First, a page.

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  • How to Double your Bass with a Second Subwoofer
  • How to Double your Bass with a Second Subwoofer



    There are a variety of different ways to improve a sound system and much like on a PC it comes down to how well the components work together.  For instance, you can upgrade to the latest Core i9 Processor but, If you fail to increase your cooling performance there is a strong chance that the CPU will start throttling under load.  When dealing with a sound system you can spend the money upgrading your sound card or use an external DAC however, if our speakers are small or have limited power handling there is a strong chance you will never notice the difference in your upgrade.

    I have been working on a rather involved project to add a custom subwoofer to a Retro PC sound system.  Most sound systems of the era lacked a dedicated subwoofer which limited the quality and accuracy of music and gaming audio and I wanted to change that. 

    My first project was a simple Isobaric enclosure where I placed two 5.25” Tang Band subwoofers in a clamshell configuration in an attempt to make them “hit low” or reproduce lower frequencies without needing a super large enclosure.  The results of that experiment were mixed.  On one hand the system was a total success however, adding a second subwoofer in this configuration offered no real benefit.

    Be sure to check out that article and video for more information.

    For my next project I wanted to take a different approach that would effectively allow my subwoofers to sound the same and become more efficient in the process.  To do this you simply double the number of speakers in your enclosure.  This will increase the overall SPL while reducing the load on your amplifier.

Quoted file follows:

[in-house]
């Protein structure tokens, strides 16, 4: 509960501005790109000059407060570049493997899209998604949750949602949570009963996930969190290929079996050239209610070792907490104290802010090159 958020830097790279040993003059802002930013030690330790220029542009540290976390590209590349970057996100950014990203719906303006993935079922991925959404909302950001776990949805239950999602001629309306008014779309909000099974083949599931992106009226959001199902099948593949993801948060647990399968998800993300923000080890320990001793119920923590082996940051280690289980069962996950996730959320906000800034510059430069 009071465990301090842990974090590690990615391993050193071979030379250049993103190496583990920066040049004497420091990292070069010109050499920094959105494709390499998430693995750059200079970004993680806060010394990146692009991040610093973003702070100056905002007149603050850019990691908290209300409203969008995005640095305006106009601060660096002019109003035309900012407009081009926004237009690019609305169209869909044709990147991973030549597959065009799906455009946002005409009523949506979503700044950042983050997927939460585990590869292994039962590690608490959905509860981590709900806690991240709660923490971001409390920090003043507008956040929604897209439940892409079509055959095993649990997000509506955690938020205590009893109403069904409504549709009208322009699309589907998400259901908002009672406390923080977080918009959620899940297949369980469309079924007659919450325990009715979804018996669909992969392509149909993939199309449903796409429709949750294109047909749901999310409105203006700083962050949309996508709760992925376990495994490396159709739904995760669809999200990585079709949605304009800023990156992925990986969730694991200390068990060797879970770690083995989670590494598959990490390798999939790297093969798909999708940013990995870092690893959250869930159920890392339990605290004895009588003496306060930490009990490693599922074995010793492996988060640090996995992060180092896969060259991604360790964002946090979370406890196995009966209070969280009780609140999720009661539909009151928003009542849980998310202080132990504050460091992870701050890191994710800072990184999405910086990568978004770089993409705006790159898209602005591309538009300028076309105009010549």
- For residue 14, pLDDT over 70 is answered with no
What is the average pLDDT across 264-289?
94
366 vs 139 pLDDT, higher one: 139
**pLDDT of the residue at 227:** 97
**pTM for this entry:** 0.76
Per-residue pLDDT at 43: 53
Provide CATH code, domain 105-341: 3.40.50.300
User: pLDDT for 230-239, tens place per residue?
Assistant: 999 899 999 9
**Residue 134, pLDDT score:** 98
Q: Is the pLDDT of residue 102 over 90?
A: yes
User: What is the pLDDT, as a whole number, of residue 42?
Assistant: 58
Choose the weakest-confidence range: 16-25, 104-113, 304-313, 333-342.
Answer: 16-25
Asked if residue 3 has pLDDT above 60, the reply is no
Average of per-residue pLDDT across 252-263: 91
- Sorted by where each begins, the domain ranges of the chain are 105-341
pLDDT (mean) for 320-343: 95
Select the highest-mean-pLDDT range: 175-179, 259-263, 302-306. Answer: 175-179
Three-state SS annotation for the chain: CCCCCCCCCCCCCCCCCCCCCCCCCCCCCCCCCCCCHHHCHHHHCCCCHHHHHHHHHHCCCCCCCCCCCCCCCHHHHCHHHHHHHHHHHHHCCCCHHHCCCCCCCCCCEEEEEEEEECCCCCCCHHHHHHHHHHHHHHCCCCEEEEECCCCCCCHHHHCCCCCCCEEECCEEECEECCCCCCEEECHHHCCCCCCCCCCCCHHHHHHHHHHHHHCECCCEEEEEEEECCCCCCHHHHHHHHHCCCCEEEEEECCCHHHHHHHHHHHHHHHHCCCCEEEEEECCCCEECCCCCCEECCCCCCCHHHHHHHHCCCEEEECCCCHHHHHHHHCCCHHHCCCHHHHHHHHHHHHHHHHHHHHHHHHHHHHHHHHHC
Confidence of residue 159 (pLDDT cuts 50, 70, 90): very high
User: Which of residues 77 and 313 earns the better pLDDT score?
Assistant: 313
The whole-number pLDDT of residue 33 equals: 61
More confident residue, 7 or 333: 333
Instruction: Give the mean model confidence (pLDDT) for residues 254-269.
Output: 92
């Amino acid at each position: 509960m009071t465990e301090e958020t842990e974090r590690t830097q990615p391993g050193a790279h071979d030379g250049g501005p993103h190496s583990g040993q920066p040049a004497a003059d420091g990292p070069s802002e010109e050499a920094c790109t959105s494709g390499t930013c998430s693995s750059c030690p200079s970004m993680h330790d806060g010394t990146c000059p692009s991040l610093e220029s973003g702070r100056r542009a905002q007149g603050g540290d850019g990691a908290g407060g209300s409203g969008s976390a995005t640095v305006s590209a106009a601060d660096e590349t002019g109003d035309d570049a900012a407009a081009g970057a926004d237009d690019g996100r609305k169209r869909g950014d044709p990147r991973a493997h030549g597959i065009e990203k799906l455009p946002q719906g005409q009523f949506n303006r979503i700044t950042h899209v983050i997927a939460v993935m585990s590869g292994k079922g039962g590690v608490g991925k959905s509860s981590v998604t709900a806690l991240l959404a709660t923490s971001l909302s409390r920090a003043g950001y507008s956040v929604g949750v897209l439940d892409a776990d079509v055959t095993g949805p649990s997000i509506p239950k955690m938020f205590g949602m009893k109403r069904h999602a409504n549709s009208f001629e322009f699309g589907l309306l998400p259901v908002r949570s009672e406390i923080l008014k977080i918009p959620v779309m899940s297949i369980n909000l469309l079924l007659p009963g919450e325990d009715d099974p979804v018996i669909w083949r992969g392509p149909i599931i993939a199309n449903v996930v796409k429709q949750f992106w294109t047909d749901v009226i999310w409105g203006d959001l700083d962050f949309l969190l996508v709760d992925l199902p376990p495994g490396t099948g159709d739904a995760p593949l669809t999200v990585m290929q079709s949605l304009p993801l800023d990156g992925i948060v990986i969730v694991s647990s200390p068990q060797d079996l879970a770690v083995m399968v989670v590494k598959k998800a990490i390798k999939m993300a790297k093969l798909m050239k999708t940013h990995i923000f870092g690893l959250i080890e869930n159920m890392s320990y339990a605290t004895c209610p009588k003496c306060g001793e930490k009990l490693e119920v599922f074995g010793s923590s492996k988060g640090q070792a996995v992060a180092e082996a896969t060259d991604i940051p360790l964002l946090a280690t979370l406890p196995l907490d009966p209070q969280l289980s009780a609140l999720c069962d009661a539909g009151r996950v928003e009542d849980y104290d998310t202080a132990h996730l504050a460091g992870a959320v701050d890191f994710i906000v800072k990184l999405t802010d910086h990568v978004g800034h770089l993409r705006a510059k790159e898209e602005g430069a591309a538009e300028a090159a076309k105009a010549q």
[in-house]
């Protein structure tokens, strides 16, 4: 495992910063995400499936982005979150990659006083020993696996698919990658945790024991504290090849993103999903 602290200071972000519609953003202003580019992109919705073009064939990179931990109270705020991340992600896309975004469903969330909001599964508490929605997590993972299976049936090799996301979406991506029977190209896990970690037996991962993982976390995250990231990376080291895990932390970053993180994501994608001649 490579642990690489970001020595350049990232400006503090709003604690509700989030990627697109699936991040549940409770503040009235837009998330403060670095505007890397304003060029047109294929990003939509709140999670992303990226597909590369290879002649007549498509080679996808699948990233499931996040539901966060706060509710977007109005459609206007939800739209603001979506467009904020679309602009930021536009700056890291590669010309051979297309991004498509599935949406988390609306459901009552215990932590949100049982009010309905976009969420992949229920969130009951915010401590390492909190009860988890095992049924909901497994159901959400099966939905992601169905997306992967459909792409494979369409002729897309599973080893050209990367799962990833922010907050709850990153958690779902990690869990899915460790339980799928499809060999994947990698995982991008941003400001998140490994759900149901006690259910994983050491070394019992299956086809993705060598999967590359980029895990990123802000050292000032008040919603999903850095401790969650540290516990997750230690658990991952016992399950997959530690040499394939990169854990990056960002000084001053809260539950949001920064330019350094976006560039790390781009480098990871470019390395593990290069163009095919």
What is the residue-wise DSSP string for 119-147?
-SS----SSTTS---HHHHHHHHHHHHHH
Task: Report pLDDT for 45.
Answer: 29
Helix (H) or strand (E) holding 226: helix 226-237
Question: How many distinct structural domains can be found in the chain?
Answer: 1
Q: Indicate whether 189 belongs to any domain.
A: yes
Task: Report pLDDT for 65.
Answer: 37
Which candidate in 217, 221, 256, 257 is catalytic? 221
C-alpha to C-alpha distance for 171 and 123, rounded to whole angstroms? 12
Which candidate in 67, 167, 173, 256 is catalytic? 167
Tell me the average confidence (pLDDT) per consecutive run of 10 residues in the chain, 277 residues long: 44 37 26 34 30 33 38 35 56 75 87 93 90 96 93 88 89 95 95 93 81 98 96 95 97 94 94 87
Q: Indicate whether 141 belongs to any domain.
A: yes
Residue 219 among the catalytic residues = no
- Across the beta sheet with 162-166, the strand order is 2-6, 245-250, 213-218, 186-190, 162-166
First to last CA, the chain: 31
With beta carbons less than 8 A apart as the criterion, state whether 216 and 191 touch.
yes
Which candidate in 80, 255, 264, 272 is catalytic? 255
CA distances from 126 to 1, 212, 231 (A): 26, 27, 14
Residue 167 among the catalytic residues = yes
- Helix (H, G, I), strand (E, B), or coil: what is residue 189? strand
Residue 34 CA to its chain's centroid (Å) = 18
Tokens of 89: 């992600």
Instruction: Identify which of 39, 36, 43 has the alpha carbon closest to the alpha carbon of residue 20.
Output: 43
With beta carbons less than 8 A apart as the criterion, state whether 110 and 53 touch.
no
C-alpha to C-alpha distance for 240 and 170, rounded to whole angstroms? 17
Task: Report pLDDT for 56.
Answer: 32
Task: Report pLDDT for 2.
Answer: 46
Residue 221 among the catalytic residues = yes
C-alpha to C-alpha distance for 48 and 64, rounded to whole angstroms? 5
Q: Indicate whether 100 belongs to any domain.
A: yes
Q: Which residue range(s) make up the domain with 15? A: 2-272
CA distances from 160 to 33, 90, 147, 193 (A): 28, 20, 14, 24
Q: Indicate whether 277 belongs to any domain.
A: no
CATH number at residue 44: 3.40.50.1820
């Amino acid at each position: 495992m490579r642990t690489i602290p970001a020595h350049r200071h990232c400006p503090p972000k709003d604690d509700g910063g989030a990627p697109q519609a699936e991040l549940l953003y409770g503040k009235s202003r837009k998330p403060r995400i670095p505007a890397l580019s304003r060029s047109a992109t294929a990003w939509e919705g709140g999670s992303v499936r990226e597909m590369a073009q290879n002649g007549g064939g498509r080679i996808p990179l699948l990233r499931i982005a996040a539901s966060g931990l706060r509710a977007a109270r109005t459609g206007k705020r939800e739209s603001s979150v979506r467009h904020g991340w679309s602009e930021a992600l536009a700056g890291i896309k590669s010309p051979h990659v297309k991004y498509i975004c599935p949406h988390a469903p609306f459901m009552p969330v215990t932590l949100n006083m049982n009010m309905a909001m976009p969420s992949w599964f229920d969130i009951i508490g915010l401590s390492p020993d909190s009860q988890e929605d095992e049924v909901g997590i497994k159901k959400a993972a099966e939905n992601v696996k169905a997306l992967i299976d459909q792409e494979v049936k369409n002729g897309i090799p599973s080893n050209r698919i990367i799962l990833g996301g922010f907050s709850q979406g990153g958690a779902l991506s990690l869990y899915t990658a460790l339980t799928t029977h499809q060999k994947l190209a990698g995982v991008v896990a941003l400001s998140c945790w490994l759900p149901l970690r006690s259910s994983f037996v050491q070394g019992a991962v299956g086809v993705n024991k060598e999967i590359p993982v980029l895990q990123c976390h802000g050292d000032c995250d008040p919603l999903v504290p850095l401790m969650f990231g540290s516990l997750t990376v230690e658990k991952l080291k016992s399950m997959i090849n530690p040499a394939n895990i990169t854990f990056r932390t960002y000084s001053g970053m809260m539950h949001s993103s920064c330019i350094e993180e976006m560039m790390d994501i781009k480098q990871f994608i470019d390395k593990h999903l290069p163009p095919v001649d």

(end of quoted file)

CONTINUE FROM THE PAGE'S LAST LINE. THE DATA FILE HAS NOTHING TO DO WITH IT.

In this video I discuss the process involved to double your base and some of the reasons behind why this actually works.

    A miniDSP UMIK-2 measurement microphone is used to take frequency response measurements and the Room Equalization Wizard software is used to record and compare the various tests.  GL Quake on my Retro Pentium PC is used as a sound quality demo and with quality speakers or headphones you can easily tell the difference a subwoofer can make in overall sound reproduction.

    The UMIK-2 is also an excellent microphone for capturing music and bass tracks so if you cannot hear the intro and outro music you'll need better bass in your life.

    In the above chart the blue line is the subwoofer enclosure featured in this article and the difference between the two lines is the relevant gain in SPL (Sound Pressure Level, aka volume) between the two ways you can configure these independent sound systems. 

    The first is when you set the total system to a measurement level of 80dB (at the UMIK-2 microphone).  By doing this we can record the amplitude and frequency response of the subwoofer along with the Creative T40 desktop speakers and the relationship between the two will expose how efficient the subwoofer is.

    For the orange line we re-adjust the gain levels on the subwoofer such that the subs are reporting 80db and then re-run the frequency sweep.  Overall, there is a natural 8dB gain in SPL between them two configurations while the volume of the Creative T40 remains the same.